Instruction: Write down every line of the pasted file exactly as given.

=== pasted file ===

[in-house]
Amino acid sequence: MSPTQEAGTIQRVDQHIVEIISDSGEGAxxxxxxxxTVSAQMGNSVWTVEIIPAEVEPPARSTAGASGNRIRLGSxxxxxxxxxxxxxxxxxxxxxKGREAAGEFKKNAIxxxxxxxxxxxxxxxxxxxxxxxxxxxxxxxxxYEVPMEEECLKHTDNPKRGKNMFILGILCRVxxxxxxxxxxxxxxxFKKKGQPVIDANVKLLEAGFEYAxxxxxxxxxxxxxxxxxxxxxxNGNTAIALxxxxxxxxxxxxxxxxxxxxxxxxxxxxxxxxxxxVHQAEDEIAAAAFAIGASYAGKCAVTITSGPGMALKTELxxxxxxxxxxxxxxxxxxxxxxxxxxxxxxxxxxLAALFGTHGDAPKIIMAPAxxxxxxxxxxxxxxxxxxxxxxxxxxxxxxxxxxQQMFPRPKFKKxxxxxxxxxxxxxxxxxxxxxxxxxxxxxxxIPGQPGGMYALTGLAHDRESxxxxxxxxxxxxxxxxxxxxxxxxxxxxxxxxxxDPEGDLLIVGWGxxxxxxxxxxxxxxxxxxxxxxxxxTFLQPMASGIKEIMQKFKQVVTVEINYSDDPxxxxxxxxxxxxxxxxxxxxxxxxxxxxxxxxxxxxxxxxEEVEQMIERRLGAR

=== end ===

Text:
[in-house]
Amino acid sequence: MSPTQEAGTIQRVDQHIVEIISDSGEGAxxxxxxxxTVSAQMGNSVWTVEIIPAEVEPPARSTAGASGNRIRLGSxxxxxxxxxxxxxxxxxxxxxKGREAAGEFKKNAIxxxxxxxxxxxxxxxxxxxxxxxxxxxxxxxxxYEVPMEEECLKHTDNPKRGKNMFILGILCRVxxxxxxxxxxxxxxxFKKKGQPVIDANVKLLEAGFEYAxxxxxxxxxxxxxxxxxxxxxxNGNTAIALxxxxxxxxxxxxxxxxxxxxxxxxxxxxxxxxxxxVHQAEDEIAAAAFAIGASYAGKCAVTITSGPGMALKTELxxxxxxxxxxxxxxxxxxxxxxxxxxxxxxxxxxLAALFGTHGDAPKIIMAPAxxxxxxxxxxxxxxxxxxxxxxxxxxxxxxxxxxQQMFPRPKFKKxxxxxxxxxxxxxxxxxxxxxxxxxxxxxxxIPGQPGGMYALTGLAHDRESxxxxxxxxxxxxxxxxxxxxxxxxxxxxxxxxxxDPEGDLLIVGWGxxxxxxxxxxxxxxxxxxxxxxxxxTFLQPMASGIKEIMQKFKQVVTVEINYSDDPxxxxxxxxxxxxxxxxxxxxxxxxxxxxxxxxxxxxxxxxEEVEQMIERRLGAR